Mark Boal, OC ’95 and winner of an Academy Award for his screenplay for The Hurt Locker, visited campus on Sept. 19 as part of the Convocation series. The former Philosophy major joined Review staff and others at The Slow Train Café to talk about his transition from philosophy to writing, the success of The Hurt Locker, and the effect of the Oberlin mentality on his work.
You graduated as a Philosophy major from Oberlin. When did you know you wanted to do journalism? Was it when you were studying here?
I was thinking about it while I was at Oberlin, but I didn’t write for the paper. I wasn’t one of those guys who wrote for the high school newspaper either, but I pursued it more or less within a year or two after graduating.
What led you in that direction?
I loved journalism growing up. One of my fondest memories of my father, who passed away this year, was waking up in the morning and reading The New York Times with him and going over the sports pages. We would discuss the game from the point of view of whoever was writing about it: The Daily News or The Post or The New York Times. So I really grew up loving that whole world. That was a big part of it. I wanted to see if I could be a part of it.
Unlike other films that have been produced in recent years concerning the Iraq War (Stop-Loss, Brothers, Lions for Lambs) you have attributed the success of The Hurt Locker to the fact that it was more of a “war movie.” Can you explain what you mean by that and why you think this was such a different kind of film?
I think one of the main differences, and there are many, is that The Hurt Locker is primarily a combat movie. It depicts the struggles of the daily lives of the men on the front line of the war, and most of the so-called Iraq War movies that have come out prior to that focus on aspects of the war like the home front, the return of soldiers, the re-integration into society after a war, the role the intelligence community played leading up to the war, things like that — but none of them, with one or two exceptions, play into the heart of the genre, which is the existential struggle of the men under fire. Hurt Locker is certainly not the first movie to do that. There’s a great tradition of war movies that recently goes back to things like Saving Private Ryan, Platoon or Apocalypse Now, and you can go back even further. Literary approaches to that subject are long and storied as well. We felt like we were trying to work in that vein, but at the same time, hopefully, in a contemporary way. There was an attempt to look at that genre and try to bring it forward in a way that hadn’t quite been done.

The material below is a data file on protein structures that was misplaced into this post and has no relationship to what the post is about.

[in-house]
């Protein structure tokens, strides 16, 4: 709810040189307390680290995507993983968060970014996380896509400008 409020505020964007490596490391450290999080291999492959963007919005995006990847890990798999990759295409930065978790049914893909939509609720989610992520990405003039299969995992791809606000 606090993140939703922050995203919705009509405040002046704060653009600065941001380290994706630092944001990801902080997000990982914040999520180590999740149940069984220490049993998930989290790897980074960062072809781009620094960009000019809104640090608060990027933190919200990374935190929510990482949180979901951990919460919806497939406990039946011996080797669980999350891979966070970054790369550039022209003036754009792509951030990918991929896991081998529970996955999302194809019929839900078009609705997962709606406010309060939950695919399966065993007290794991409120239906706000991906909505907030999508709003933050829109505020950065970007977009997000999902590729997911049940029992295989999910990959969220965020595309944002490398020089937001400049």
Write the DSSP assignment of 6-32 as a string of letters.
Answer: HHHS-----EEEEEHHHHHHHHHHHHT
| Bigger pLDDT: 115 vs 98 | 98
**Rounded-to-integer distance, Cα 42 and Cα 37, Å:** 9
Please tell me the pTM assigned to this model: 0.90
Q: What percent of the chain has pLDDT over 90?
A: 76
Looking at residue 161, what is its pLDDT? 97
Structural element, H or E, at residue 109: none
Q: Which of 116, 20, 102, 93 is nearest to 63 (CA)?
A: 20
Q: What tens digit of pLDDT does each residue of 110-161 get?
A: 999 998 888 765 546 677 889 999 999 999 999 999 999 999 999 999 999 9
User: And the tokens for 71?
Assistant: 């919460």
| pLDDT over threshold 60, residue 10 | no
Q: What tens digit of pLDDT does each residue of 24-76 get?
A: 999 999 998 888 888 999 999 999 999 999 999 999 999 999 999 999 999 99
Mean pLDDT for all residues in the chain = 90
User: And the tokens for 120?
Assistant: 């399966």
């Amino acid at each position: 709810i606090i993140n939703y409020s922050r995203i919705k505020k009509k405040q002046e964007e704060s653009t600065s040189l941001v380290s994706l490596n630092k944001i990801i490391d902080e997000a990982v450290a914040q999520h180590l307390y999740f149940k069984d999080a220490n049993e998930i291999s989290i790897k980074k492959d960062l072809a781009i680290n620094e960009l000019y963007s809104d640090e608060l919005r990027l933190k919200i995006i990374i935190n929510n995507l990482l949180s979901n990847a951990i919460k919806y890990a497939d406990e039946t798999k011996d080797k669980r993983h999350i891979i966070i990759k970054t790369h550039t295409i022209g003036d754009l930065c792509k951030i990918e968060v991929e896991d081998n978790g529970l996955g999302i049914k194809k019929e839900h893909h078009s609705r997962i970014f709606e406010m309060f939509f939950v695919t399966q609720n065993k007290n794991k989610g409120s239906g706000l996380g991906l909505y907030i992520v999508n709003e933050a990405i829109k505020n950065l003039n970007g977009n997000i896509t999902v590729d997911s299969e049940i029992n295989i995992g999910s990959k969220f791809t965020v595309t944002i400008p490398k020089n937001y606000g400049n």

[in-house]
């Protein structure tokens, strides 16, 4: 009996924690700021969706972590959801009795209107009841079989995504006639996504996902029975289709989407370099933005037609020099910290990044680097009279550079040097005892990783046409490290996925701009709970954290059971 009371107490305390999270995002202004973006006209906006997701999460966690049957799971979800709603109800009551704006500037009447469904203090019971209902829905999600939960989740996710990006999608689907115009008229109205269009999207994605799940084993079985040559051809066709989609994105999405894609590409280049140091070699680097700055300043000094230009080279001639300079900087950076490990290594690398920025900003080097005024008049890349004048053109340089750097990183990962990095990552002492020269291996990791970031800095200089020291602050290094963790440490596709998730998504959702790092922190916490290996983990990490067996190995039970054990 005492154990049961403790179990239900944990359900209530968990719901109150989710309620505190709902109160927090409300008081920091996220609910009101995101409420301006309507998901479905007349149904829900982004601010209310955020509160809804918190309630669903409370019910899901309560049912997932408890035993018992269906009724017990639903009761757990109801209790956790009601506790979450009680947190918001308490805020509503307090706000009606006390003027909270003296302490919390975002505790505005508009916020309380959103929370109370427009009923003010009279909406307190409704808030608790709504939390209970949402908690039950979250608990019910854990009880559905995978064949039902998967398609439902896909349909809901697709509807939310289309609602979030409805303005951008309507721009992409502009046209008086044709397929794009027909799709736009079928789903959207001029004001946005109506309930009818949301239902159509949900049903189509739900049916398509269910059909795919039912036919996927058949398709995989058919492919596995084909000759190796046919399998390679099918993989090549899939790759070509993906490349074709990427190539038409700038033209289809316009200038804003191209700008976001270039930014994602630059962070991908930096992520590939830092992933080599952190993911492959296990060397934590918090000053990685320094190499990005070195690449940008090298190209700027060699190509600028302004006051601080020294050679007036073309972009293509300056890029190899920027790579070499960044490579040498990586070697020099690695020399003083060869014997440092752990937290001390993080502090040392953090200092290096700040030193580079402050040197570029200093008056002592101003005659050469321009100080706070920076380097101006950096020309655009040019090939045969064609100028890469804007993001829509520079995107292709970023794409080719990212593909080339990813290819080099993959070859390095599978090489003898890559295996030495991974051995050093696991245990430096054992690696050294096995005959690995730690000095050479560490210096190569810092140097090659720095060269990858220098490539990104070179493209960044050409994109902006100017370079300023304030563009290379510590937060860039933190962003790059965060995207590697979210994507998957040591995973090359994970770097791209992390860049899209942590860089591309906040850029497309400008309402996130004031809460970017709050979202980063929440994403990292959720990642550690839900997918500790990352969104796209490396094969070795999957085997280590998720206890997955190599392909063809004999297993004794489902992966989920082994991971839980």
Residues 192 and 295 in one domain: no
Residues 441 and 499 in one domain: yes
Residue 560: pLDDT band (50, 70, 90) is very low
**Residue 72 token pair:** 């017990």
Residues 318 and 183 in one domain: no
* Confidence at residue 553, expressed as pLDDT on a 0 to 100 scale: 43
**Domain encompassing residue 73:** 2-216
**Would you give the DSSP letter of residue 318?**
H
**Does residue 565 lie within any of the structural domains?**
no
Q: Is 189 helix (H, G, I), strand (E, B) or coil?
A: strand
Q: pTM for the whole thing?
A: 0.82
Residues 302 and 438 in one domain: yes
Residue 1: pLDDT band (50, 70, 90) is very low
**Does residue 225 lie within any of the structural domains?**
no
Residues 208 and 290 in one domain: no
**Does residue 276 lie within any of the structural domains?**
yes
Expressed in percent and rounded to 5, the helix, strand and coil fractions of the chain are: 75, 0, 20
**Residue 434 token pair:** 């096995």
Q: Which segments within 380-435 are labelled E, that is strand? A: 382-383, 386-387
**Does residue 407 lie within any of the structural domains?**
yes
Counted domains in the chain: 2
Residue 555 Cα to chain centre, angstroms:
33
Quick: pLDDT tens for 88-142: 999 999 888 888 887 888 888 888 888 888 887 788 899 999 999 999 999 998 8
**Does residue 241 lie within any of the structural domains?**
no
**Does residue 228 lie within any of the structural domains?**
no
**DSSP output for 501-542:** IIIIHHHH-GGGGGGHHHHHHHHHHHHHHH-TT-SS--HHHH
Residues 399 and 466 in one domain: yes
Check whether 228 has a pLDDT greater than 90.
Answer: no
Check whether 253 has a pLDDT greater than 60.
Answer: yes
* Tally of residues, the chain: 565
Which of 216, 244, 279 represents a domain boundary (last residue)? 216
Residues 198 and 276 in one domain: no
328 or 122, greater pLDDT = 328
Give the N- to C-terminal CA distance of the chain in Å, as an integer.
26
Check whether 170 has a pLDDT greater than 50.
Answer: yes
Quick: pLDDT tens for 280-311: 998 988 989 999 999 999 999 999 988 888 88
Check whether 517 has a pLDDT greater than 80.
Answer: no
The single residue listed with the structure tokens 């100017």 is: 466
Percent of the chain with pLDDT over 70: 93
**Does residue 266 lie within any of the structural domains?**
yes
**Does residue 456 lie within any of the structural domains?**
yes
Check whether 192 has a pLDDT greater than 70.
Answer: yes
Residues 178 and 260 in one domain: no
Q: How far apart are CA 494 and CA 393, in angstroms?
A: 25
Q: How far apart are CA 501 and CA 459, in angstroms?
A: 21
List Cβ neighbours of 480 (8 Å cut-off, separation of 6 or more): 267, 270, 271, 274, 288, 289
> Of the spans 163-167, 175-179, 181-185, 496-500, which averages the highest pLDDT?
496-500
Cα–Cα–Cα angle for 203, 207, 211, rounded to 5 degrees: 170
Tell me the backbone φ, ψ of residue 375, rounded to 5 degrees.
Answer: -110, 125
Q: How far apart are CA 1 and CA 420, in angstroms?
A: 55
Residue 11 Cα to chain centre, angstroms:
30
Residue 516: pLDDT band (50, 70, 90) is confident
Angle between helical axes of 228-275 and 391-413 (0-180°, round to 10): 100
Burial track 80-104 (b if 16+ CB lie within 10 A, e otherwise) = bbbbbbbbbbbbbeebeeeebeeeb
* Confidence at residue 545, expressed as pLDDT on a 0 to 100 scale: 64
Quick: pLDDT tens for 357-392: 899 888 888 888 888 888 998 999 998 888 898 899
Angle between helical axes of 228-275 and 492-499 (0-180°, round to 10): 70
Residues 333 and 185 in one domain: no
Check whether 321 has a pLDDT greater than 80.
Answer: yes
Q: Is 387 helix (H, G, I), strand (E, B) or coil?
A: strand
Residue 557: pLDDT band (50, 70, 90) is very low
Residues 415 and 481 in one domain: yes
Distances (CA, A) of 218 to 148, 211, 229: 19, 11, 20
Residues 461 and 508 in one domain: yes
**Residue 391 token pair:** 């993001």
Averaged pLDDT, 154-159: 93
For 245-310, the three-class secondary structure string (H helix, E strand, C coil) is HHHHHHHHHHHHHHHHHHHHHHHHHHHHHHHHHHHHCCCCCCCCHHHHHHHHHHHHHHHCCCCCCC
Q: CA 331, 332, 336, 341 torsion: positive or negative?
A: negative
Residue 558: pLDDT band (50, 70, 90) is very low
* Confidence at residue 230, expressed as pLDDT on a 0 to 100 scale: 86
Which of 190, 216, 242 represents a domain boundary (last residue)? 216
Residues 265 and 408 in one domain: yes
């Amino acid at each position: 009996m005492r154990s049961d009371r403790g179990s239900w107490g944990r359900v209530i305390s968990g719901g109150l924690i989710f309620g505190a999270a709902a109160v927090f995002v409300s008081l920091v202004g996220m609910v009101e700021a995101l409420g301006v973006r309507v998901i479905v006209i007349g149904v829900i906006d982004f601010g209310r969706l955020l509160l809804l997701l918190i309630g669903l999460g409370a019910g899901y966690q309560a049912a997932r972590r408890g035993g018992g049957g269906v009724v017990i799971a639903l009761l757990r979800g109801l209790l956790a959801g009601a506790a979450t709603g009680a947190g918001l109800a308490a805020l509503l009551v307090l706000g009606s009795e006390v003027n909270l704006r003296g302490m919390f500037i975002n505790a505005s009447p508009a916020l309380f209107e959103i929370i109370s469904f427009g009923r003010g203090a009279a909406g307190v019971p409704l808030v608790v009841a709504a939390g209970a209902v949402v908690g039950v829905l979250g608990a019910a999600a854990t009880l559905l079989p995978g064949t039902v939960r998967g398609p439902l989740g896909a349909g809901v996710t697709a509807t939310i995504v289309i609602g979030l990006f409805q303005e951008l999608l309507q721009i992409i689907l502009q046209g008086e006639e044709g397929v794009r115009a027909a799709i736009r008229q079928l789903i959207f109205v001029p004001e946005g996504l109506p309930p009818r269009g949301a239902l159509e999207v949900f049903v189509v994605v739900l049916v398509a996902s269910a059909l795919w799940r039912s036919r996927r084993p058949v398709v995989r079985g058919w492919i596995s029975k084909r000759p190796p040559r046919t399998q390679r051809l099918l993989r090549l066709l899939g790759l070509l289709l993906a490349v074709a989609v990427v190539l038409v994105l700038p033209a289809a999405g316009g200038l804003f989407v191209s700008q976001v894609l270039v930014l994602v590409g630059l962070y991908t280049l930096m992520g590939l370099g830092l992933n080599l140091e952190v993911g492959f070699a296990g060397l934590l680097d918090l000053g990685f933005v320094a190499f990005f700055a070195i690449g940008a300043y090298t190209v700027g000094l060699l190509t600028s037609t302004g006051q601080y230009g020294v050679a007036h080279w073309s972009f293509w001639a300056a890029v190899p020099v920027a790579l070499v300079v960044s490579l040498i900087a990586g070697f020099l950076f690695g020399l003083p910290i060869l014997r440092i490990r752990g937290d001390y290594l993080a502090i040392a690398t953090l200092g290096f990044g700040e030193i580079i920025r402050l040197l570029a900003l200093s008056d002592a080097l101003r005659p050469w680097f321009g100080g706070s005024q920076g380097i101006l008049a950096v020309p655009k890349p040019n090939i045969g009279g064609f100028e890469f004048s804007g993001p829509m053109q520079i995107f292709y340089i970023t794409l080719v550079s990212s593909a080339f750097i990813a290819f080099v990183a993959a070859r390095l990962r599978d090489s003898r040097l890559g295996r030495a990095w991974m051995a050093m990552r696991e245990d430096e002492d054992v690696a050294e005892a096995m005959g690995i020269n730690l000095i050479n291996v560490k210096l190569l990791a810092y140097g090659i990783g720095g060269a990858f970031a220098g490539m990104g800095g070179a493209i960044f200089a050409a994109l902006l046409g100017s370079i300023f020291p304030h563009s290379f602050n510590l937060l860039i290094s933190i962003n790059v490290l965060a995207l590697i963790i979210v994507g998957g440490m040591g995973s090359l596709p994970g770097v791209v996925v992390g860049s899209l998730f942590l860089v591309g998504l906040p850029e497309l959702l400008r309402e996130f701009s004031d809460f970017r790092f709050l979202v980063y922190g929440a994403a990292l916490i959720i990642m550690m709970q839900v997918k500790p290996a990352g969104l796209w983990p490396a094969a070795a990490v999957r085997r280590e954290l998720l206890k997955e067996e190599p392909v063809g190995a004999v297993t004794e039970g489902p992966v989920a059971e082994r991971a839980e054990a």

Here at Oberlin, I think we like to consider ourselves politically aware and active. Do you think that mentality has affected your work, especially in regard to what you choose to focus on?
I do think Oberlin shaped my political point of view to some degree, although I will say it was even more shaped by the people I met in the course of life once I graduated. I think what I really took out of Oberlin was a kind of intellectual skepticism, which I attribute to the Philosophy department—specifically, a skepticism towards big overriding ideologies that like to pretend that reality can be fit into a particular analytical frame. But as far as what my politics are, I think they came more out of firsthand experience with politicians covering Washington and with reporters and editors who trained me as I came up through the ranks. There was an editor at The Village Voice named Richard Goldstein who had been very active in the ’60s in the student movements and was one of the first guys to really take all that stuff seriously, and he was a mentor to me for many years. There were dozens of people who were professionally involved in politics who I learned a lot from. That was really where I developed my point of view, more so than when I was in college.